LOADING

Type to search

Football

John Dee Bright honored at documentary and panel event

Photo by Bryson Rea | Sports Editor

The recently released documentary titled “The Bright Path: The Johnny Bright Story” was screened in Sussman Theater and accompanied by a discussion panel this past Thursday, Dec. 1. 

The event started at 5 p.m. and lasted roughly two hours, pulling in a combination of students, faculty and friends to create an audience of roughly 35 people. 

The documentary, introduced by Drake University senior and Study Body President Connor Oetzmann, told the story of Drake alumnus and generational athletic talent John Dee Bright. 

With a runtime of just under an hour, the documentary dove into Johnny Bright’s impact on the Drake campus, Des Moines community and the future of college football. 

The focal point of the story came in October of 1951 when the Drake men’s football team faced off against the all-white Oklahoma A&M College football team (now Oklahoma State University). Bright, widely regarded as one of the most dominant players in college football and a Heisman Trophy favorite at the time, was assaulted by Oklahoma player Wilbanks Smith. 

The assault was racially motivated, and two photographers who attended the game due to rumblings of a possible target being put on Bright’s back managed to capture the incident clearly. It led to national outrage, and Drake eventually left the Missouri Valley Conference due to a lack of punishment given by the MVC. 

Bright’s injuries resulted in an extended absence from football. Despite this, he was drafted 5th overall by the Philadelphia Eagles in the 1952 NFL draft. Due to his concerns with being the first black player in the league, Bright decided to take his talents to the Canadian Football League. Bright would end his career as an all-time great within the CFL, and despite being approached by the NFL multiple times following his initial decline to play, he chose to stay in Canada.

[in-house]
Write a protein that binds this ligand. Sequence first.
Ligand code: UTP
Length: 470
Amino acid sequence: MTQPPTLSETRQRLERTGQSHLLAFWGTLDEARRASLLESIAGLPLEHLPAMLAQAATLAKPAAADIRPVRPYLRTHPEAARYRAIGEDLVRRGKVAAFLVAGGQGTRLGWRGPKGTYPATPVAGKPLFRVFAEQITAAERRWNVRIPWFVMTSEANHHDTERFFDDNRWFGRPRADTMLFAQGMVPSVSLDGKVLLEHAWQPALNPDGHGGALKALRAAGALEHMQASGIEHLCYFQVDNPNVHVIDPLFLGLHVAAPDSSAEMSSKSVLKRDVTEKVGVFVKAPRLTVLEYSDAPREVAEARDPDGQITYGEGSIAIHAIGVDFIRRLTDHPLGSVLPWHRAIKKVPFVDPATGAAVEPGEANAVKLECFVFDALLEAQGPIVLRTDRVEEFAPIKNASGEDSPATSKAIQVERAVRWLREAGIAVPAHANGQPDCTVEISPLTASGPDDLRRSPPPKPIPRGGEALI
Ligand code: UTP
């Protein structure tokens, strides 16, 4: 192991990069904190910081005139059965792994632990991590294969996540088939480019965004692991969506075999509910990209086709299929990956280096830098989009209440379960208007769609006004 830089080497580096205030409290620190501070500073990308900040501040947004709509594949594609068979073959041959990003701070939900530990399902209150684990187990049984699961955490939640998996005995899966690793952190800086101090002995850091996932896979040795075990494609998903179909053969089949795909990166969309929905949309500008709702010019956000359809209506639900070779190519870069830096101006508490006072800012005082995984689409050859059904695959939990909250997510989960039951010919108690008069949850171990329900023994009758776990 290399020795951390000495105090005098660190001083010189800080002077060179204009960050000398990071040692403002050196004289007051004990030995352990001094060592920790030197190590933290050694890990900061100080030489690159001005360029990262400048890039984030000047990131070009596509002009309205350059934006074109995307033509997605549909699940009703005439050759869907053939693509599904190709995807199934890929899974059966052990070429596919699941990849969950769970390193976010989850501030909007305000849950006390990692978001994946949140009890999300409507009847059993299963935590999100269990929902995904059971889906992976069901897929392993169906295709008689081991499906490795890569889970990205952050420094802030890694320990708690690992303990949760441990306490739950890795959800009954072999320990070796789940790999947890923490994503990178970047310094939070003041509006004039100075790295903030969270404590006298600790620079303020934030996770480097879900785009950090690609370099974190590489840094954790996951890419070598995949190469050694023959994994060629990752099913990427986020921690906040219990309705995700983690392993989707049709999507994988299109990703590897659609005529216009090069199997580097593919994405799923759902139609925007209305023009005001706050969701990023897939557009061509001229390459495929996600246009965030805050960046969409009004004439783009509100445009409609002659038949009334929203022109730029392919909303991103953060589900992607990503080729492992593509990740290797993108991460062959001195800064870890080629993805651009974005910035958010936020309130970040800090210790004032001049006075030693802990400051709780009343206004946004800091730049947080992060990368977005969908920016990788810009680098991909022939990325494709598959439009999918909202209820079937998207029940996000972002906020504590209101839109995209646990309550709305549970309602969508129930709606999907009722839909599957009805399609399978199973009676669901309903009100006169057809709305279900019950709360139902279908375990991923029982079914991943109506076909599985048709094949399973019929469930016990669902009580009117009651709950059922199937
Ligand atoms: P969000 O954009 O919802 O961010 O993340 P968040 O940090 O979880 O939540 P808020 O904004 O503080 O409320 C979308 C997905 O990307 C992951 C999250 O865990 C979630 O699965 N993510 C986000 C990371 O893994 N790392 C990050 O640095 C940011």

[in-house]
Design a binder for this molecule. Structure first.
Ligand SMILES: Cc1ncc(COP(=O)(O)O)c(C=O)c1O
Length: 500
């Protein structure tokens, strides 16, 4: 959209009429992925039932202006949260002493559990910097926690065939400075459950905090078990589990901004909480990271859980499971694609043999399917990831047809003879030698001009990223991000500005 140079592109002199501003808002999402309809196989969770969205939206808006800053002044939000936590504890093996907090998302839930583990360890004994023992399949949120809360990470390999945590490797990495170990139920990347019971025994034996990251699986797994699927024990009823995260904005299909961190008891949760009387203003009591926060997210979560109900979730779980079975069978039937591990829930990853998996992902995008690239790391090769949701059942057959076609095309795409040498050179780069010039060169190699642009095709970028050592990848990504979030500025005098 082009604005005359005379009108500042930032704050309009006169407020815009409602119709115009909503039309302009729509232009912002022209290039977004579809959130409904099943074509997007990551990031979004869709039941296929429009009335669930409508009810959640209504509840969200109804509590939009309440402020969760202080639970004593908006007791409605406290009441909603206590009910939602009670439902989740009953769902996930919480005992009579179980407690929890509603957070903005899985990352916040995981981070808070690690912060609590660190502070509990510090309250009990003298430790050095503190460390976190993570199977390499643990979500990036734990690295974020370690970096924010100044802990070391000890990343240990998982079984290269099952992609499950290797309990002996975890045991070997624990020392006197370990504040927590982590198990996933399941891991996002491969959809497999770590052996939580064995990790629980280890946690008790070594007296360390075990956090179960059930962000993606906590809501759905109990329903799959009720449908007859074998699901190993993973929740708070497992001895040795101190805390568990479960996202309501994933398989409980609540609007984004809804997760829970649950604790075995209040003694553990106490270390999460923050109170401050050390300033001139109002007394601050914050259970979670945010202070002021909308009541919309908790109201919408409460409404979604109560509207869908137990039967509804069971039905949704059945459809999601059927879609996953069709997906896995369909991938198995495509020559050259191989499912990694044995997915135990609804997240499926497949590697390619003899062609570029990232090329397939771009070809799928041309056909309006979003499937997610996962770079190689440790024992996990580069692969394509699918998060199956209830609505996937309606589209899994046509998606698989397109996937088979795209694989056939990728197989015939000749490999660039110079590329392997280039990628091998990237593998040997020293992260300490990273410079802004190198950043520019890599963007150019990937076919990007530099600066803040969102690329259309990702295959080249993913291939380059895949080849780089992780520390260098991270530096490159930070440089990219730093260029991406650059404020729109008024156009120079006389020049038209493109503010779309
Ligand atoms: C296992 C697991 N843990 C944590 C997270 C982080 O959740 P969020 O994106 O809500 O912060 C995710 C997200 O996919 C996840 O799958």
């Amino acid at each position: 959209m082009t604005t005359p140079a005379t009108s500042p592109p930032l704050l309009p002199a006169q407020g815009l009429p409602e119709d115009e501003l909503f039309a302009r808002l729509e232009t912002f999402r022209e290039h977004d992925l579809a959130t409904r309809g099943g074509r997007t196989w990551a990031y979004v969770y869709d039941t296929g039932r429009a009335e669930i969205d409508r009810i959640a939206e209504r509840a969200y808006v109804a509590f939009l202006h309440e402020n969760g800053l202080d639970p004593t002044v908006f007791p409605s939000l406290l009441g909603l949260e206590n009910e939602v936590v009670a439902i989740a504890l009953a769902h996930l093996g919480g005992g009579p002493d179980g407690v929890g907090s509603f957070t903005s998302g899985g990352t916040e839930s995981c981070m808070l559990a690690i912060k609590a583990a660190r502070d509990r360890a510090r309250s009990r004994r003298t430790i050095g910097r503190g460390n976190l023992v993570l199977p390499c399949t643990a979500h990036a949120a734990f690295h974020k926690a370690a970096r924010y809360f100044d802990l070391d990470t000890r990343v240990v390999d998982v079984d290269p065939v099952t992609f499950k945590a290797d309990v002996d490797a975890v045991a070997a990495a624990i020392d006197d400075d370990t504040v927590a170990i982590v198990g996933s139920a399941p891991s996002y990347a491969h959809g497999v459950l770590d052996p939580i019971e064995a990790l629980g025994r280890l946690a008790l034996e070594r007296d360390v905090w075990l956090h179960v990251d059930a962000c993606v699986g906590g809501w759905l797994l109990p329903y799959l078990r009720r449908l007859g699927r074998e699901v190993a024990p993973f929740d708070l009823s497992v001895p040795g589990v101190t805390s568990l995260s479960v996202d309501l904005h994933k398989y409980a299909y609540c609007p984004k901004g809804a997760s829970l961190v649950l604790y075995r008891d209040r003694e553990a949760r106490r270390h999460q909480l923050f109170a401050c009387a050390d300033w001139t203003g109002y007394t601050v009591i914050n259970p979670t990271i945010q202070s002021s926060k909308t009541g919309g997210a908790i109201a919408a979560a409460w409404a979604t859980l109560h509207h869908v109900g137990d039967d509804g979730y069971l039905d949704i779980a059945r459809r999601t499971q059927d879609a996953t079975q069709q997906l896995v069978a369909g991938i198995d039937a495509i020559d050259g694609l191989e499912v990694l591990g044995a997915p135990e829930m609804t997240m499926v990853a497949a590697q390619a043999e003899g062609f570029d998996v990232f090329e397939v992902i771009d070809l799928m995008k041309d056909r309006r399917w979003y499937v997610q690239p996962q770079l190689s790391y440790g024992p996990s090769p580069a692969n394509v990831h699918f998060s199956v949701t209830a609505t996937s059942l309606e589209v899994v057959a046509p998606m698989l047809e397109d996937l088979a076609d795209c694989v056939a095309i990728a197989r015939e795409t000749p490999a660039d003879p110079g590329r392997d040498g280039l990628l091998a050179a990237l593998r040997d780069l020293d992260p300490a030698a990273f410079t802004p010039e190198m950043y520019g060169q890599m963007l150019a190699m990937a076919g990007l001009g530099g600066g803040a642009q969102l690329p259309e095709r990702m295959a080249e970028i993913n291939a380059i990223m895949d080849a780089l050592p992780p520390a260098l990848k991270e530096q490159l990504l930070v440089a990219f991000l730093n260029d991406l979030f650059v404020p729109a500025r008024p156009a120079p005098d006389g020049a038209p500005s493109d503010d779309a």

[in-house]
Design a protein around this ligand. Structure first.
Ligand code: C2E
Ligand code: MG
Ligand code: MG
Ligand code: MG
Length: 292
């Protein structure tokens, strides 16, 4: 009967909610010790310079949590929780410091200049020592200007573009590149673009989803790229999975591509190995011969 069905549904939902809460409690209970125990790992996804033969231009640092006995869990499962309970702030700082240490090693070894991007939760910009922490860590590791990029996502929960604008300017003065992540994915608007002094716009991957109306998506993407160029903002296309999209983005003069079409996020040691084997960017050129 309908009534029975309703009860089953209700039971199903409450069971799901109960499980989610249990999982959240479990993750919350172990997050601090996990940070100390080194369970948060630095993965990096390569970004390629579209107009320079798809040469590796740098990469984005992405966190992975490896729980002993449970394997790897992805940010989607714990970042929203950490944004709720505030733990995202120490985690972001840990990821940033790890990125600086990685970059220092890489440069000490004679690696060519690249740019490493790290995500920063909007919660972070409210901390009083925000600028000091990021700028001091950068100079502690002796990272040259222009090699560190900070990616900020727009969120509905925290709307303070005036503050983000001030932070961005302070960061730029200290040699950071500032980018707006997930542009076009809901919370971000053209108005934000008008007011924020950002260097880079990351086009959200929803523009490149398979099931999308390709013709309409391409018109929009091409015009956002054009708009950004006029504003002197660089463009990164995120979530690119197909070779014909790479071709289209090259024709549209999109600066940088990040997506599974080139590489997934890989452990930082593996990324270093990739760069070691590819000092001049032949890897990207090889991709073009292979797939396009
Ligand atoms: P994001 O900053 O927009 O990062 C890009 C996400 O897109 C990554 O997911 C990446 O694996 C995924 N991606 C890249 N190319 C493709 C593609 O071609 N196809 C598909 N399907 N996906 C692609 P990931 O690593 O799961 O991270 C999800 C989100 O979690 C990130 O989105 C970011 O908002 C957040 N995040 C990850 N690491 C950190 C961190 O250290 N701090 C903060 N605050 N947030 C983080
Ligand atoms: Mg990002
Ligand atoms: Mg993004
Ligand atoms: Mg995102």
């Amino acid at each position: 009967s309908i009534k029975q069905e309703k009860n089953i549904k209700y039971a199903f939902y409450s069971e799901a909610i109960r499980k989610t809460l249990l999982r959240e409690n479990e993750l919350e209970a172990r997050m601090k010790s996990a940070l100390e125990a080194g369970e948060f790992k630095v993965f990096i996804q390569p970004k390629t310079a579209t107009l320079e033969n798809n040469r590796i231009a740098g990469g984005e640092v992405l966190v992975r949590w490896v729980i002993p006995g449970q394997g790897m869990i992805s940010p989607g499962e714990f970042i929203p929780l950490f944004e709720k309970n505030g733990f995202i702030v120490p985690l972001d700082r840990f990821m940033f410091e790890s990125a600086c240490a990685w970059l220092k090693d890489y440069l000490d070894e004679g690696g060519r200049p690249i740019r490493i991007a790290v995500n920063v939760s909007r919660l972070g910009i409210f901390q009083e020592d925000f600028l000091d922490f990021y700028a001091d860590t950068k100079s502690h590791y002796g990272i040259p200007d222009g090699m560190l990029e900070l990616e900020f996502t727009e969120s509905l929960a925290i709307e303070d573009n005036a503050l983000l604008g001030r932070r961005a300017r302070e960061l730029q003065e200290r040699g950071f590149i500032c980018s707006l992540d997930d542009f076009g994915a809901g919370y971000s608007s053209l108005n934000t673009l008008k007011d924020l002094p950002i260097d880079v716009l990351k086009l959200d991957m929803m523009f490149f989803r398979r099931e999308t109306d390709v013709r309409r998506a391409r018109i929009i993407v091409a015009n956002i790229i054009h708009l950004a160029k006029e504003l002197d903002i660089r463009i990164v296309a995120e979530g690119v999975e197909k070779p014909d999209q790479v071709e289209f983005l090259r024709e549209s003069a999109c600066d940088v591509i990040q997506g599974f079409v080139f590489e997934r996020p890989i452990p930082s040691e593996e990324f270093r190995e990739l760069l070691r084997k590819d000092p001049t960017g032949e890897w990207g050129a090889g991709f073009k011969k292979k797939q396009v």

During his time in Canada, Bright flourished in his teaching career, becoming a well-respected principal. 

The documentary served as both an honorary tribute to the sacrifices Johnny Bright made and as a needed reminder of the ongoing racial discrimination that, if left unchecked, can lead to unsafe environments for those discriminated against. 

Following the presentation of the documentary, a discussion panel moved onto the stage at Sussman Theater. The panel was made up of the Dean of the John Dee Bright College, Craig Owens, former Iowa State representative and Drake alumnus Wayne Ford, a second-year John Dee Bright College student and three-time Drake alumna Erin Lain. 

Ford opened the panel discussion by explaining his connection to Bright, touching on the image Drake University had due to Bright’s past. 

“When I was recruited at Drake, I did research because I didn’t know anything about Drake. It was called the Harvard of the midwest, from an intellectual standpoint,” Ford said. “But I chose Drake University, not because of all of that, but because I read about the story about Johnny Bright.”

In explaining how Bright’s legacy is being put to work at John Dee Bright College, Owens said the school aims to send off every graduate with the same attributes that led Bright to his success. 

“And those attributes, and aptitudes, align almost perfectly with the kind of example that Johnny Bright showed,” Owens said. 

Later on in the panel discussion, Ford took a moment to call for action, citing a moment from the documentary in which a white student of Bright’s came to tears when discussing Bright’s death.

“I see a lot of black folks crying for white folks all the time,” Ford said. “I wanna see more white people crying about a black that changed their life.” 

The event brought awareness to a key point in Drake’s history of inclusiveness and diversity, one that has and will continue to define what Drake University stands for when it comes to diversity in sports. 

1 Comment

  1. Duane Deby December 22, 2022

    I am that white student to whom Mr. Ford was referring. It’s funny, and maybe it’s a Canadian thing, but I never really thought of Mr. Bright as a “Black ” man. I mean, obviously he was, but I just thought of him as a “Great ” man.
    Far beyond all the lives Mr. Bright touched during his years in the U.S., were the thousands he touched, and changed, during his years in Canada. He was truly a great man, and an example to be held up and aspired to, regardless if you are Black, white, or anything else.

Skip to content